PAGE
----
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ELKINS Amidst all the wins and losses, stats, and everything else associated with school sports competition, are a group of men and women that are vital for the games to be played.
West Virginia Secondary School Activities (WVSSAC) officials are a fixture on the field of play that are also human beings helping communities enjoy the past time of sporting events.
«We like to tell our officials that the reason we do what we do is in order to provide a service to the athletes,» WVSSAC Executive Director Gary Ray said. «We rely upon local officiating boards to conduct on going training for new and tenured officials.cheap nfl jerseys http://www.cheapjerseysbyw2.top Here at the office in Parkersburg, we have in house interpretative meetings to stay abreast of new and current rules of practice.
«There is quite a bit of training and in service hours required for officials to move up. We start folks out at the middle school level and provide opportunities to work up to junior varsity and varsity at the high schools. I think it is a great way for folks to give back to the community while helping to facilitate organized competition events for the youth,» Ray added.
Sports officials come from all walks of life, and there are some good veterans representing the area.
Elkins native and WVSSAC basketball official Mike Johnson has been a public educator for 37 years. He has been an official for 32 years along with also coaching baseball at Coalton and Elkins High Schools for over 30 years combined. Coach Johnson has been helping the Tigers’ softball program since 2007.
«Parkersburg (the WVSSAC) has been good to me over the years,» Johnson said. «I just love being around the games and the youth. I also enjoy the good comradery among my fellow officials. There are good opportunities, especially at the younger age levels to help kids learn the game and help them know where they need to be on the court.
«There is potential in officiating at even higher levels as well. I know some guys who are now in the Big East and ACC who have really dug in and made a career out of it. There are a fair number of guys like myself who are nearing retirement. We need young blood in every sport, but we need folks that want to learn,» Johnson said.
The veteran official went on to say «I make mistakes sometimes. And, I tell a coach when I do. But I pride myself on doing my best to give teams a good game by working hard to be accurate on the calls,» Johnson concluded.
Putting on the stripes and carrying a whistle also is a great way for athletes to stay close to the game after hanging up their jerseys, while also giving back to the sports they grew to love in their earlier youth.
Philippi native Bobby Clifton, also known as Napa Man on the local circuit, has been a WVSSAC football official for 19 years now. He is currently in the midst of completing his tenth year in calling basketball games.
«Officiating is my way of staying involved and trying to help the kids,» Clifton said. «It also is a great way to help maintain physical fitness these days.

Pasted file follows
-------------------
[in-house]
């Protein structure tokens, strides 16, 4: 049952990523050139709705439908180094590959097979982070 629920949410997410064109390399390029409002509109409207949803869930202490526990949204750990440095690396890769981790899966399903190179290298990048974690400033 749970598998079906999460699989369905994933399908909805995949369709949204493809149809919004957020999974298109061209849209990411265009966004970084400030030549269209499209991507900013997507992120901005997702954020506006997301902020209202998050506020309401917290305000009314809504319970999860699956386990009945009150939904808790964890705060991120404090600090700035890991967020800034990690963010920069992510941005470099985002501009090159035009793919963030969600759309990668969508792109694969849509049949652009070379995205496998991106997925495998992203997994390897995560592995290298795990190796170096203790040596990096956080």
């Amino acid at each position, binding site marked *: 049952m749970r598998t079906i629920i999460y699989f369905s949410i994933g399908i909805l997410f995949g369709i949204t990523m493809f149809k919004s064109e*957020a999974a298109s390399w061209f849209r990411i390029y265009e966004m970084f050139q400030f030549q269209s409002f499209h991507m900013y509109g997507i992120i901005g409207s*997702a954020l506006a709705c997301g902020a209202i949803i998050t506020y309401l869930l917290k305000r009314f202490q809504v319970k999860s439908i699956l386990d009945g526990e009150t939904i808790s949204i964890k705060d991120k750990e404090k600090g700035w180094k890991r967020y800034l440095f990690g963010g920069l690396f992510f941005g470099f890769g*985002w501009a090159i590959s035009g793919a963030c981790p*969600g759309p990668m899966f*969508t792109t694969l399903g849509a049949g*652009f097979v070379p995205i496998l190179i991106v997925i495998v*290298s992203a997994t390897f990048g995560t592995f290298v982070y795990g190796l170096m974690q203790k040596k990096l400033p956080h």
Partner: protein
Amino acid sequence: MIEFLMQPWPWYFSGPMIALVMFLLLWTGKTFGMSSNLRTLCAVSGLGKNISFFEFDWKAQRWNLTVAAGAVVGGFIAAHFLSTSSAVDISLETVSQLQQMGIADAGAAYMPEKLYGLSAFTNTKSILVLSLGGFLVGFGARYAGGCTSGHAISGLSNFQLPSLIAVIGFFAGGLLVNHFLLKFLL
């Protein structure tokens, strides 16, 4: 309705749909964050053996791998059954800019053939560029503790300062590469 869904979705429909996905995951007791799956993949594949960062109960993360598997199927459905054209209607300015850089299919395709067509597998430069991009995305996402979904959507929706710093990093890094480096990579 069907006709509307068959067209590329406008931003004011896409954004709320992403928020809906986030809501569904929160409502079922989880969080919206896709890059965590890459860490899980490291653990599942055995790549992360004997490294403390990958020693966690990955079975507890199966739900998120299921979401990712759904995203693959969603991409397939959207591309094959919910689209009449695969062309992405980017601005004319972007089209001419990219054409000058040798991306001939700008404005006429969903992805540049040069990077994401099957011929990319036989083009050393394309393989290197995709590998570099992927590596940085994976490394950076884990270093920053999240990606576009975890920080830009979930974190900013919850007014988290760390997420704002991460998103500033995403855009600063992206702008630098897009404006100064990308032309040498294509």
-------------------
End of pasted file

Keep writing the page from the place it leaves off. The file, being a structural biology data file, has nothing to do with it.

«I don’t do it for the money. I do it for the love of the games. We are not always the most popular people as officials, but there are rewards that come with the territory. I do my best and just really enjoy being out on the field or in the gym to be part of the action in sports.»
Clifton and several WVSSAC officials do also give countless hours to helping with area youth leagues where kids in training really benefit from all of the contributions that the coaches and officials give to learning.
There also is the age old relationship matters that exist between officials and coaches. These men and women get to know each other to a degree, and honor and respect are a two way street. Being positive and doing things to the best of ones abilities are what several coaches and officials express as what is most important in the games.
«We tell our kids to just play and let the coaches talk to the referees,» veteran Tygarts Valley coach Tom Wamsley said. «We explain that referees have a difficult job and a foul may or may not be a foul actually. It is how the play is perceived from the officials’ viewpoint that counts. I tell my players all the time that it is how it looks to the officials that matters, and, that the officials have the final say.
«We also stress to our kids that officials are human too,» Wamsley added. «That is part of the game and good teams will learn to play through adverse conditions, no matter what.»
Executive Director Ray also said «we urge folks at younger level events to please have understanding. We strive to educate and train officials with all available resources. But they are human and will make mistakes. It’s all about making the games possible for the kids in the end. We truly want to do our best to call a good game and keep a positive focus on the kids.»
The ranks of officials are always in need of new soldiers, and the WVSSAC is here to help folks give back and be part of the community. Sports such as volleyball, soccer, wrestling, swimming, tennis and track are also in need of troops.